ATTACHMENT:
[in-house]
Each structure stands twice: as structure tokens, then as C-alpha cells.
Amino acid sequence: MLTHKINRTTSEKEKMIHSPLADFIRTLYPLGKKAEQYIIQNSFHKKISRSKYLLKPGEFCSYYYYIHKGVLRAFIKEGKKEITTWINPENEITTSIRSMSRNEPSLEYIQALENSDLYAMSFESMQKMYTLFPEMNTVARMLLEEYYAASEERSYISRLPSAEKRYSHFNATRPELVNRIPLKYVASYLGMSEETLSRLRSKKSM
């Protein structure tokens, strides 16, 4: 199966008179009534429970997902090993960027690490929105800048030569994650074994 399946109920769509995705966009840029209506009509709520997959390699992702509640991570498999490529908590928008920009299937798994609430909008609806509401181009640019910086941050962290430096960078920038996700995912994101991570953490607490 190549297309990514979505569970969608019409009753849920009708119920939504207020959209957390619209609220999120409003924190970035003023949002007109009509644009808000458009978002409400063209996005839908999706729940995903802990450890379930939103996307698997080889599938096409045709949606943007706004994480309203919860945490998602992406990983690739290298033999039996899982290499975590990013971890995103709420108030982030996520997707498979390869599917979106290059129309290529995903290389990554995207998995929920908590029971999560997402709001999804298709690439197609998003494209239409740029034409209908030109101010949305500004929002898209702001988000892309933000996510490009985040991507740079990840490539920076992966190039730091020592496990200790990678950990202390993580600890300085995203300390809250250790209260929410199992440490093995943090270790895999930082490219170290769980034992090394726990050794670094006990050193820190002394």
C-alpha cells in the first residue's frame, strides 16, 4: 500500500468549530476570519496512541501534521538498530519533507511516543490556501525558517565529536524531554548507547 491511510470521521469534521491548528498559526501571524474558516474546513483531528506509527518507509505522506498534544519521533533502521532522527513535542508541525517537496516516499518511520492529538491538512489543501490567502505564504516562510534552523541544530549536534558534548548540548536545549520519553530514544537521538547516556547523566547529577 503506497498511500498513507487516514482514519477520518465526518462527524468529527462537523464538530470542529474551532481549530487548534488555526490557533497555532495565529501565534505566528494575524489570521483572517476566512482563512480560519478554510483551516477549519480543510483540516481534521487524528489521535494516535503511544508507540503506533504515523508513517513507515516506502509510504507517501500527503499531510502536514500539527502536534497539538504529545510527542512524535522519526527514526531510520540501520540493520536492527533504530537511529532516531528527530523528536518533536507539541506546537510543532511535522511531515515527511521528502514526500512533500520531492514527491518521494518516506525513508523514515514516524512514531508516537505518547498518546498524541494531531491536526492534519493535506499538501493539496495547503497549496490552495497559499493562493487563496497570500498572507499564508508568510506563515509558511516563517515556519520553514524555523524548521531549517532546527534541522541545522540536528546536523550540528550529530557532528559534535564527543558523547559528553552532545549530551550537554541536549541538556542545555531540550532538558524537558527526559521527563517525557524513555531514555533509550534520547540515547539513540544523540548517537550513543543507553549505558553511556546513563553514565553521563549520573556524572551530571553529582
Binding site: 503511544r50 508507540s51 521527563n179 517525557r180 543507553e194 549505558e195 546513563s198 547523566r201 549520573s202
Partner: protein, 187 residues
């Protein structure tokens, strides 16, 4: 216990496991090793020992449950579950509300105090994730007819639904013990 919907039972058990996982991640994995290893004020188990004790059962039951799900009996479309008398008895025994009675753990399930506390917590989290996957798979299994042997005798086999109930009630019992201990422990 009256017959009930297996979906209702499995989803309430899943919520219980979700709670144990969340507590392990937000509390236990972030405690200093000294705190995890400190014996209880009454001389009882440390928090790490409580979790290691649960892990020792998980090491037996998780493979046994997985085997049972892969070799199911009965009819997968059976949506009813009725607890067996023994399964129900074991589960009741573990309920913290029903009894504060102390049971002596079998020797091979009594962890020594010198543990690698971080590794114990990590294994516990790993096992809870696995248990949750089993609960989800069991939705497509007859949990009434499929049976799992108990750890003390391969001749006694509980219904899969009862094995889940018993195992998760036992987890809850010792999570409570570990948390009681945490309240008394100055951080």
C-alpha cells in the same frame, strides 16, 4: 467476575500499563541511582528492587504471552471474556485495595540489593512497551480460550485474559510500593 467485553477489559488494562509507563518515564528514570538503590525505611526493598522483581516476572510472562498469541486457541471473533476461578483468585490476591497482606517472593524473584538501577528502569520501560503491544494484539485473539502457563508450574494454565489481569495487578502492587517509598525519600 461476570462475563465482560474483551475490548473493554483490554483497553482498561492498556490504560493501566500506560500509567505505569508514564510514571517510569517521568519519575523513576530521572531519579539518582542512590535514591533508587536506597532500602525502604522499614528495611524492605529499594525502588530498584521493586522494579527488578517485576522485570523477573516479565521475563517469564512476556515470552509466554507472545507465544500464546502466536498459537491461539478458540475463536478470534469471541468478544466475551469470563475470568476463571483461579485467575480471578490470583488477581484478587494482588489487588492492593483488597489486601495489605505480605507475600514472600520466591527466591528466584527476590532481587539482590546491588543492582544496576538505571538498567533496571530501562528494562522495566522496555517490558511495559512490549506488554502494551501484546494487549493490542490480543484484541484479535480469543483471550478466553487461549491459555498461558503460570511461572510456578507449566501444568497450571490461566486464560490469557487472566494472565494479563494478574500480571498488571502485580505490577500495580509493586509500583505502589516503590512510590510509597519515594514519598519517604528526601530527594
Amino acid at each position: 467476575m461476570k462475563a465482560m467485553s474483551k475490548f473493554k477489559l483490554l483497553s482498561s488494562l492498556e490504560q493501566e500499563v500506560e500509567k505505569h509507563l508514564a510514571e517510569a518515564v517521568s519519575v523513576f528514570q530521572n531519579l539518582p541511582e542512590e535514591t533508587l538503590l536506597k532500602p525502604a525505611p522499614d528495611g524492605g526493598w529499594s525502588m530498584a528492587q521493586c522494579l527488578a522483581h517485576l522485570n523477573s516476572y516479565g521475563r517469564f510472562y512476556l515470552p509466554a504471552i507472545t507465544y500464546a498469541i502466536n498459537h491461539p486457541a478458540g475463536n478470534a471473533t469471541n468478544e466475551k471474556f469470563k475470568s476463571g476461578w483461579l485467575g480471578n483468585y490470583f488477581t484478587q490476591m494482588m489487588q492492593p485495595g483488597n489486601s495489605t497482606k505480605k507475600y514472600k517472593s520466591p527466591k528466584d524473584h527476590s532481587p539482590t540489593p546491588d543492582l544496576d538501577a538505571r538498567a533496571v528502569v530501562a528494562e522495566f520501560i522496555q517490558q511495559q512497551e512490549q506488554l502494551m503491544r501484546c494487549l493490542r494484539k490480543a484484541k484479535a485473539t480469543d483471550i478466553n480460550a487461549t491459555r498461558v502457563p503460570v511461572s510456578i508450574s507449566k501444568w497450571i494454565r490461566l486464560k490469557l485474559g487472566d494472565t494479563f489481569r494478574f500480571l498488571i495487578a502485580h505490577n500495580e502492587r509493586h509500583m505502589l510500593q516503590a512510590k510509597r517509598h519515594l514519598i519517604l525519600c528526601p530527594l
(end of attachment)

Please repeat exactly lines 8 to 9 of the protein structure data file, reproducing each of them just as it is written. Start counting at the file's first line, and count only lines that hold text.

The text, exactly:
């Protein structure tokens, strides 16, 4: 216990496991090793020992449950579950509300105090994730007819639904013990 919907039972058990996982991640994995290893004020188990004790059962039951799900009996479309008398008895025994009675753990399930506390917590989290996957798979299994042997005798086999109930009630019992201990422990 009256017959009930297996979906209702499995989803309430899943919520219980979700709670144990969340507590392990937000509390236990972030405690200093000294705190995890400190014996209880009454001389009882440390928090790490409580979790290691649960892990020792998980090491037996998780493979046994997985085997049972892969070799199911009965009819997968059976949506009813009725607890067996023994399964129900074991589960009741573990309920913290029903009894504060102390049971002596079998020797091979009594962890020594010198543990690698971080590794114990990590294994516990790993096992809870696995248990949750089993609960989800069991939705497509007859949990009434499929049976799992108990750890003390391969001749006694509980219904899969009862094995889940018993195992998760036992987890809850010792999570409570570990948390009681945490309240008394100055951080």
C-alpha cells in the same frame, strides 16, 4: 467476575500499563541511582528492587504471552471474556485495595540489593512497551480460550485474559510500593 467485553477489559488494562509507563518515564528514570538503590525505611526493598522483581516476572510472562498469541486457541471473533476461578483468585490476591497482606517472593524473584538501577528502569520501560503491544494484539485473539502457563508450574494454565489481569495487578502492587517509598525519600 461476570462475563465482560474483551475490548473493554483490554483497553482498561492498556490504560493501566500506560500509567505505569508514564510514571517510569517521568519519575523513576530521572531519579539518582542512590535514591533508587536506597532500602525502604522499614528495611524492605529499594525502588530498584521493586522494579527488578517485576522485570523477573516479565521475563517469564512476556515470552509466554507472545507465544500464546502466536498459537491461539478458540475463536478470534469471541468478544466475551469470563475470568476463571483461579485467575480471578490470583488477581484478587494482588489487588492492593483488597489486601495489605505480605507475600514472600520466591527466591528466584527476590532481587539482590546491588543492582544496576538505571538498567533496571530501562528494562522495566522496555517490558511495559512490549506488554502494551501484546494487549493490542490480543484484541484479535480469543483471550478466553487461549491459555498461558503460570511461572510456578507449566501444568497450571490461566486464560490469557487472566494472565494479563494478574500480571498488571502485580505490577500495580509493586509500583505502589516503590512510590510509597519515594514519598519517604528526601530527594